To be fair, I have no idea whether these researchers are part of the anti-vaccine religion – it’s possible that they think they’ve found something, but they do rely upon some discredited anti-vaccine tropes and falsehoods as the premise of their studies. Moreover, this article furthers the false narrative about aluminum in vaccines. And we’ll keep seeing it repeated on anti-vaccine Twitter and Facebook posts because the anti-vaccine zealots have nothing else.

The sheep vaccine study by Javier Asìn et al., published in Pharmacological Research, investigated cognitive and behavioral changes in lambs that had received repeated vaccination with aluminum-containing vaccines.

Let’s take a critical look. Continue reading “Sheep vaccine study – aluminum adjuvants alter their behavior – RETRACTED”

Mediterranean diet and cardiovascular diseases study retracted – “aw nuts”

mediterranean diet

Although I think that most diets are bogus and healthy outcomes are not very well supported by scientific research, I have been a proponent of the so-called Mediterranean diet. It seems to have been linked to lower risks of cancer, cardiovascular disease, and some other chronic health conditions.

The claims of researchers who stated that the so-called Mediterranean diet, rich in plants, olive oil, fish, nuts, and other foods, was linked to lower risks of cardiovascular disease. It was a pivotal and robust cohort study, a powerful form of epidemiological study that sits near the top of the hierarchy of medical research, that influenced a lot of recommendations about the proper diet for people. The study was so powerful that I switched to that diet personally.

But lucky for the planet, science is self-correcting, and some aspects of the original study caused concerns, and the Mediterranean diet study was retracted and republished with corrections.

Does this mean that the Mediterranean diet was and is bogus? No, but let’s take a look at the whole story. Continue reading “Mediterranean diet and cardiovascular diseases study retracted – “aw nuts””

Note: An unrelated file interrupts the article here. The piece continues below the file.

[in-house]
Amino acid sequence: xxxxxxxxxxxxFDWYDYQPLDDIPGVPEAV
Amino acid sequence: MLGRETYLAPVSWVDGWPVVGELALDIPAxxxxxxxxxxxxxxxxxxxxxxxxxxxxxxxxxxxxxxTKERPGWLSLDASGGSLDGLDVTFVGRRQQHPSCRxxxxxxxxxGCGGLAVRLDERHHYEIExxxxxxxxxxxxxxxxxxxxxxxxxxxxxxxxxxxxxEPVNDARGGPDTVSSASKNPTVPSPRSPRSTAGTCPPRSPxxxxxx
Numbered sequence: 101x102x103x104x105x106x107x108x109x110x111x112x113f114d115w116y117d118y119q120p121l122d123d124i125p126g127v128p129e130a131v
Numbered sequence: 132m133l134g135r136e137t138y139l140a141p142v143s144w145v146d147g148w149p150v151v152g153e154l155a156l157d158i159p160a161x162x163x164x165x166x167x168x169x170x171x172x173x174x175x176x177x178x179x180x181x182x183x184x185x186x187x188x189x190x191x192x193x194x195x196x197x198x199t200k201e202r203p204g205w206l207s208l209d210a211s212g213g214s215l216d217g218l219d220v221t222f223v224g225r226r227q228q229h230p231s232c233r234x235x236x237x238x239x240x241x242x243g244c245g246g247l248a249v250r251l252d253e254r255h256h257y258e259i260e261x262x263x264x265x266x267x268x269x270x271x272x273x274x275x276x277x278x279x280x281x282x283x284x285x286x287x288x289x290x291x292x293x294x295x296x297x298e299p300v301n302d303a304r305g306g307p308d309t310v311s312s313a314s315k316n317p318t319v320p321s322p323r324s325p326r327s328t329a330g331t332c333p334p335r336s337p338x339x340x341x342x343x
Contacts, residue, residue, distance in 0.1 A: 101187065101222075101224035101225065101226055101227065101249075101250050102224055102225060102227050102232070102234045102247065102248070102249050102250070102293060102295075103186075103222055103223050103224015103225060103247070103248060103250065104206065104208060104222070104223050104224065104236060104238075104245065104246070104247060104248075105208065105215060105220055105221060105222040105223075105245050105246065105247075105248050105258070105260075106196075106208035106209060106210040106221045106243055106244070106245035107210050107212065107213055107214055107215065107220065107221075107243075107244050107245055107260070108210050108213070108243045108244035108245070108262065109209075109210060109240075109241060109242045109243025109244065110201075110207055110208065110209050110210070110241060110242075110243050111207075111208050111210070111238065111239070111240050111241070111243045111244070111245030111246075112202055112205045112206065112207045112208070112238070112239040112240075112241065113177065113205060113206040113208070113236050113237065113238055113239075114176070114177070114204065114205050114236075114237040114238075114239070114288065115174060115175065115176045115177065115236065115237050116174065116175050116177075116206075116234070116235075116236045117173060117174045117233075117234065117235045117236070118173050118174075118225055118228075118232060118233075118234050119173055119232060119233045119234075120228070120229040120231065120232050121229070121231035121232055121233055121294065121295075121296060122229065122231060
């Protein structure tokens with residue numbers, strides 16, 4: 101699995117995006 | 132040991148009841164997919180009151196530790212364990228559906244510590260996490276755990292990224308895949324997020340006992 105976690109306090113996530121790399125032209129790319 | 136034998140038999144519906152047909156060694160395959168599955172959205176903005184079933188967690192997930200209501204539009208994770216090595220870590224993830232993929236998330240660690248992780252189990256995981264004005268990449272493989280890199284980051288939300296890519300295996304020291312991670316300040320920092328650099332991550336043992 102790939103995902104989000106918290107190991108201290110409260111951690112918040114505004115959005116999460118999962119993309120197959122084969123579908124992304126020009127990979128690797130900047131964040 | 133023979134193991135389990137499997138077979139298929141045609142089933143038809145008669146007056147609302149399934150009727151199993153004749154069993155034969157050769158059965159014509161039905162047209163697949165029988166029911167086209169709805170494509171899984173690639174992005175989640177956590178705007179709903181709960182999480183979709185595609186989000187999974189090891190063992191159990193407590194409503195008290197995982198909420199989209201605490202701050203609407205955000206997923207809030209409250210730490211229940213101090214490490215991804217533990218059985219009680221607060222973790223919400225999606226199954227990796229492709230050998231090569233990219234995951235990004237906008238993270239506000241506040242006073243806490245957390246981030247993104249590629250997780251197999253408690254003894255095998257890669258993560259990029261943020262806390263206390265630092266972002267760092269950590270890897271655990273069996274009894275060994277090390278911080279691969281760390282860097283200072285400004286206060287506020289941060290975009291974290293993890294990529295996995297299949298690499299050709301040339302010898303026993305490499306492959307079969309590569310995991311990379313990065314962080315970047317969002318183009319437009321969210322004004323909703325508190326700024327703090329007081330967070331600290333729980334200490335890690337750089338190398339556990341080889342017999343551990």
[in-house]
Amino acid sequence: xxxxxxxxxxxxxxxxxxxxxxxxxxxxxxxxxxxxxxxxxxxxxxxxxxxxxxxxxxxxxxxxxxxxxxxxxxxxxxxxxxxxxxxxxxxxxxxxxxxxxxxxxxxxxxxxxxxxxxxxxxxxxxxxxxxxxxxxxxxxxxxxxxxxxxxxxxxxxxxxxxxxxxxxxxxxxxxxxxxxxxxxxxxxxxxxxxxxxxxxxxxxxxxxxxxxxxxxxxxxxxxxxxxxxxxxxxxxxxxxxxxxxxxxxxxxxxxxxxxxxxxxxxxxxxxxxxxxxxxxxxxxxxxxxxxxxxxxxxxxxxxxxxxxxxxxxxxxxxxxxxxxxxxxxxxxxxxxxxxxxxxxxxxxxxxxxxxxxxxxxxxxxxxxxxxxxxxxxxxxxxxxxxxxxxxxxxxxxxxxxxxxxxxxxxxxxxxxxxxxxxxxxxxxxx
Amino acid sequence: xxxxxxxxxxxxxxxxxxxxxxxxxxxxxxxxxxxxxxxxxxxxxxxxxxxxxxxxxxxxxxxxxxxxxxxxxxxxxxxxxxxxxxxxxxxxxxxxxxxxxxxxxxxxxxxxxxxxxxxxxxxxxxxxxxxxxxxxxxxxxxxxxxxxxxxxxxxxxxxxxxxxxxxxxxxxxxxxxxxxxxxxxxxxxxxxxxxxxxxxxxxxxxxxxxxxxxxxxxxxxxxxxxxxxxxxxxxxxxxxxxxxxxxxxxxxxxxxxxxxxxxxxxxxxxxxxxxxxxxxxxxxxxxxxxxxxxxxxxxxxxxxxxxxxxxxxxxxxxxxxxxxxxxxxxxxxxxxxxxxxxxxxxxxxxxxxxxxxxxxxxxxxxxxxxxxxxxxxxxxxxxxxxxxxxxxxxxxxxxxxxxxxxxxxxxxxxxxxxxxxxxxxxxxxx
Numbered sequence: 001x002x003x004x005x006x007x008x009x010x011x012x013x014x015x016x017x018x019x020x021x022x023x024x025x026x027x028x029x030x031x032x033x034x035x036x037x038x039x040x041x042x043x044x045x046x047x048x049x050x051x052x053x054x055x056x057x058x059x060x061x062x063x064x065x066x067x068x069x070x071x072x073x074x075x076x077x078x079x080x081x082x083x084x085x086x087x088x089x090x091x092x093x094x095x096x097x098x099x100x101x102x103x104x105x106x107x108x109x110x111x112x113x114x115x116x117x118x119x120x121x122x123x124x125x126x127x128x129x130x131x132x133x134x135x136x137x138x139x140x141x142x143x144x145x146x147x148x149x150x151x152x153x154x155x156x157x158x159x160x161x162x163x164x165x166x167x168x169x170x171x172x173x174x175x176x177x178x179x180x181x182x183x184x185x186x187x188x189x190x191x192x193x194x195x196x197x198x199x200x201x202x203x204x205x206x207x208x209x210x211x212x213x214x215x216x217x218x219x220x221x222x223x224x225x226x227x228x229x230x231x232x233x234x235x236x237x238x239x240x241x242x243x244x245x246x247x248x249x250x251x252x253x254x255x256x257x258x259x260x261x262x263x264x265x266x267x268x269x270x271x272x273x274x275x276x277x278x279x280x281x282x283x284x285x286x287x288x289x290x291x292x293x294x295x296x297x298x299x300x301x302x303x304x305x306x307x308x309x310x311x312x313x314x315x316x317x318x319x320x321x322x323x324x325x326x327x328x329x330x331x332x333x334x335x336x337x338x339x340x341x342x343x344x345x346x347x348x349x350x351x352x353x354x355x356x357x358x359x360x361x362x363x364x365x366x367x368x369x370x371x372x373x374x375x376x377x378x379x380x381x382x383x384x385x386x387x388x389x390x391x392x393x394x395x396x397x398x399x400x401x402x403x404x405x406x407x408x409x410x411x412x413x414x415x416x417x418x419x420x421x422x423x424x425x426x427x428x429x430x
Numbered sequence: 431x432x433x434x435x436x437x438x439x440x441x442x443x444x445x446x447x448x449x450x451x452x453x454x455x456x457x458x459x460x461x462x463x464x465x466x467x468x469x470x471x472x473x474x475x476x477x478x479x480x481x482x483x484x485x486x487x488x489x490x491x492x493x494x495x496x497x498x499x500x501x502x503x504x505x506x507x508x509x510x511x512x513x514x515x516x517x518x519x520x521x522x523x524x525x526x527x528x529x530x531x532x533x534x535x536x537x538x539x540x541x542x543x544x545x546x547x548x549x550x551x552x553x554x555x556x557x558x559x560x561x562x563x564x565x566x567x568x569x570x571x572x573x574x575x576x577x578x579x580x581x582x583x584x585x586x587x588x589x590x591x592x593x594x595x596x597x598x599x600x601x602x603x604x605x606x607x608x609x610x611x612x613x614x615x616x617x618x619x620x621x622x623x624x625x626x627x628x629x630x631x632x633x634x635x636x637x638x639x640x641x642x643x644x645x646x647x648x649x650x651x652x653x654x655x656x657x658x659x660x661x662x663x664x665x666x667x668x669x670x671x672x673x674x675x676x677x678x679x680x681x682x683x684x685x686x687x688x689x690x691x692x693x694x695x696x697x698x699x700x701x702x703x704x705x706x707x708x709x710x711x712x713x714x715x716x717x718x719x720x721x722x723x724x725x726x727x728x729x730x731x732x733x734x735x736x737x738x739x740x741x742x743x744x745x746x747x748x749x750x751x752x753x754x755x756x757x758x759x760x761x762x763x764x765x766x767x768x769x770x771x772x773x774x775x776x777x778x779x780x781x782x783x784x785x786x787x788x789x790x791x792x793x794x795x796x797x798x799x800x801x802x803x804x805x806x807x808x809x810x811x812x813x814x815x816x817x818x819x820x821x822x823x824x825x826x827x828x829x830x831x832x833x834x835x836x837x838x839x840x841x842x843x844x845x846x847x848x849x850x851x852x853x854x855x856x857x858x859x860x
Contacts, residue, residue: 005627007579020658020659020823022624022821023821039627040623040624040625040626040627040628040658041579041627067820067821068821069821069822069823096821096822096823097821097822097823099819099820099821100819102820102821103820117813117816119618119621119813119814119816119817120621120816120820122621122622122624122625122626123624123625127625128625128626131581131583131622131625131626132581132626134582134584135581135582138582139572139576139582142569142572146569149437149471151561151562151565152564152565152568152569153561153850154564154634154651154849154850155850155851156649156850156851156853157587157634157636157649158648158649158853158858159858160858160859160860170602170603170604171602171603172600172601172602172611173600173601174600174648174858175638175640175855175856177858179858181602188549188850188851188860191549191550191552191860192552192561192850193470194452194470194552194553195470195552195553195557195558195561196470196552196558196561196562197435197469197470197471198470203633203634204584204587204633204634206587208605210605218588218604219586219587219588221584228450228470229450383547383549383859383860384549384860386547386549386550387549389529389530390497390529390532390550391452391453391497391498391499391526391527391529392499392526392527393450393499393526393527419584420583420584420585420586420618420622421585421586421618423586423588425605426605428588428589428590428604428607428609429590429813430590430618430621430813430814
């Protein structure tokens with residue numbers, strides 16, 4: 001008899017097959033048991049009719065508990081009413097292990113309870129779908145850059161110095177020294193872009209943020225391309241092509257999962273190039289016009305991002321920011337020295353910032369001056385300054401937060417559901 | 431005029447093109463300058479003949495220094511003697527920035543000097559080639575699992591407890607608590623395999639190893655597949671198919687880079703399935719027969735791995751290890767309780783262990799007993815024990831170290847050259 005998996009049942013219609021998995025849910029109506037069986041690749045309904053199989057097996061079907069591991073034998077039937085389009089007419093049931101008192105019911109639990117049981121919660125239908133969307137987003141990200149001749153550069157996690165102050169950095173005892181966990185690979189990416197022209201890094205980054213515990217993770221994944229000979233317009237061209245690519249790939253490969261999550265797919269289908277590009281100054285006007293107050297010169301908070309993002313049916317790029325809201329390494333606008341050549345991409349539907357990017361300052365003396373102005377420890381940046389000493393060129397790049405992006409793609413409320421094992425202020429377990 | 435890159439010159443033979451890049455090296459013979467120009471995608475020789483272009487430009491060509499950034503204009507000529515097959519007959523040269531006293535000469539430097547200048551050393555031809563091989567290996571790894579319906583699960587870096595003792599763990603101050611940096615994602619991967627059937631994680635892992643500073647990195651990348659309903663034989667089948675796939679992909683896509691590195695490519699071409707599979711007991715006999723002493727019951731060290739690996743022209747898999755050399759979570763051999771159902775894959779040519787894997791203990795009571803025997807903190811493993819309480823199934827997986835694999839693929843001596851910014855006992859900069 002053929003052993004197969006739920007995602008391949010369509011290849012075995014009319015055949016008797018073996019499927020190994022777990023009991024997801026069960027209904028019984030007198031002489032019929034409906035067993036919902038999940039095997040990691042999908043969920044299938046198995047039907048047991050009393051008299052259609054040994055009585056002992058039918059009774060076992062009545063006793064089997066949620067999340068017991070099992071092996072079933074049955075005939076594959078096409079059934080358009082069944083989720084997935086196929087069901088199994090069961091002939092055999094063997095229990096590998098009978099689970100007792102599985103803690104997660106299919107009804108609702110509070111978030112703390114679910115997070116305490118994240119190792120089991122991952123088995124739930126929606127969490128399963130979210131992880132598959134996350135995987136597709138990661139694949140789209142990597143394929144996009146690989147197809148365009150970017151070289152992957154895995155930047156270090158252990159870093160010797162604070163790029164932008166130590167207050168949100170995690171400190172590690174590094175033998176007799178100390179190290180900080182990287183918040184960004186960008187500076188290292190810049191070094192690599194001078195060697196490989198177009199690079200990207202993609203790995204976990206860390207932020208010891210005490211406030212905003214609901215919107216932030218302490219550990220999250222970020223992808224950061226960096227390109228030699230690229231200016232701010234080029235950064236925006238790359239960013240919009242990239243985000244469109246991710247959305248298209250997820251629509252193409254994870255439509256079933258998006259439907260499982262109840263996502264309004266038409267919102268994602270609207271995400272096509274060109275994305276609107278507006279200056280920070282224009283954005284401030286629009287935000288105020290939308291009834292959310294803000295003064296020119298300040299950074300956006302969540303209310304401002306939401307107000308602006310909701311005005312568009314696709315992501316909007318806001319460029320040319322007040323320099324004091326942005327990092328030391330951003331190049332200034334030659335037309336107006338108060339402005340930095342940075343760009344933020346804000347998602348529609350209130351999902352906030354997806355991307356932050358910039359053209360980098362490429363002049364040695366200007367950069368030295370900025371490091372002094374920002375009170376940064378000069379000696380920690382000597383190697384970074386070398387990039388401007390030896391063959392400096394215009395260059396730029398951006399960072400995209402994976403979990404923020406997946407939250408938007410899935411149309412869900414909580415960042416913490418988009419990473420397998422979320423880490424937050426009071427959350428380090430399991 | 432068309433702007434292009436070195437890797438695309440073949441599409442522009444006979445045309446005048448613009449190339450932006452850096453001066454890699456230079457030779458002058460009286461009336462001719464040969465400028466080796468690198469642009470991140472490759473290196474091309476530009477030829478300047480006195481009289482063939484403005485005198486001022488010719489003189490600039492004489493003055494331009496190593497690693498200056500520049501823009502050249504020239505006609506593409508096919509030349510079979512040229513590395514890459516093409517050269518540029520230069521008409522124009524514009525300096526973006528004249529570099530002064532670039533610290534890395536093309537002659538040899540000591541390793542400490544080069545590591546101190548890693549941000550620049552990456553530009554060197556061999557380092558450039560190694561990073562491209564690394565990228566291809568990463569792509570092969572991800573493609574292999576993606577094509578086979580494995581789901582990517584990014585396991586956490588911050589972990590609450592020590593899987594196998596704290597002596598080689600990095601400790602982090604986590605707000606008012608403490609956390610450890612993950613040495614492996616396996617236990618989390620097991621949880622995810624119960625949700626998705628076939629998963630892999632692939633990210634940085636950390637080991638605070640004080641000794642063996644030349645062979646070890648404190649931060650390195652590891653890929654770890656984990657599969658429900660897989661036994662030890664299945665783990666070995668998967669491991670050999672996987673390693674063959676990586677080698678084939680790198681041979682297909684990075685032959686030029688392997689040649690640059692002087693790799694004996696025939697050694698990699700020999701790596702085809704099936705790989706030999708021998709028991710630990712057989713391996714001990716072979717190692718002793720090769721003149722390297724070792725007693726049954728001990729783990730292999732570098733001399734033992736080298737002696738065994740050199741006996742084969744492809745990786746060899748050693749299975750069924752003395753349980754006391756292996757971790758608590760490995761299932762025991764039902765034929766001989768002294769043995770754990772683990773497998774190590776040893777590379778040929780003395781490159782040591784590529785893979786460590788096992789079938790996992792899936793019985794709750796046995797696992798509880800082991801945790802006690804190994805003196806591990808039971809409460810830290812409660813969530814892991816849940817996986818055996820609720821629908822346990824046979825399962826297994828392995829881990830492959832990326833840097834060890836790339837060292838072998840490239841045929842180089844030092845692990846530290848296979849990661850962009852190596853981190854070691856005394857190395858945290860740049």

Séralini’s controversial GMOs cause cancer article retracted

GMOs cause cancer

In 2012, the interwebs exploded because of an article (pdf) published in Food and Chemical Toxicology by Gilles-Eric Séralini et al. that attempted to show that GMOs cause cancer in rats fed genetically modified corn which is resistant to the herbicide Roundup. They also found similar health problems in rats fed the herbicide alone (along with non-GM feed). The rodents experienced hormone imbalances, along with more and larger mammary tumors, earlier in life, than rats fed a non-GM diet. The authors claimed that the GM- or pesticide-fed rats also died earlier.

Séralini et al. stated that this is the first time GMO corn has been tested for toxicity throughout a rat’s lifespan even though this type of GM corn accounts for more than half of the US crop.

Séralini’s article could have been an important part of the discourse regarding the safety of GMOs – except for a few important problems. Scientists across the world criticized the study for its bad study design, bad statistics, and overhyping of the results.

I personally found the study lacking in basic toxicology methodology, like providing us with dose-response studies, that show us at what level of consumption of the GMO corn would have an effect (if there is one). Of course, Séralini used so few rats in his “study” that it would have been difficult if not possible to develop a dose response.

Continue reading “Séralini’s controversial GMOs cause cancer article retracted”

Peer review failure – scientific papers retracted

As many of the regular readers of this website know, I put a lot of value in the quality of evidence for a scientific or medical claim, usually in the form of a paper published in a peer reviewed, high impact factor journal. But to be honest, I prefer a paper published in a peer reviewed, high impact fact journal that presents a systematic review of all of the evidence available to provide us with a broad statistical analysis over tens or hundreds of studies. It’s like a peer reviewed paper analyzing peer reviewed papers. Continue reading “Peer review failure – scientific papers retracted”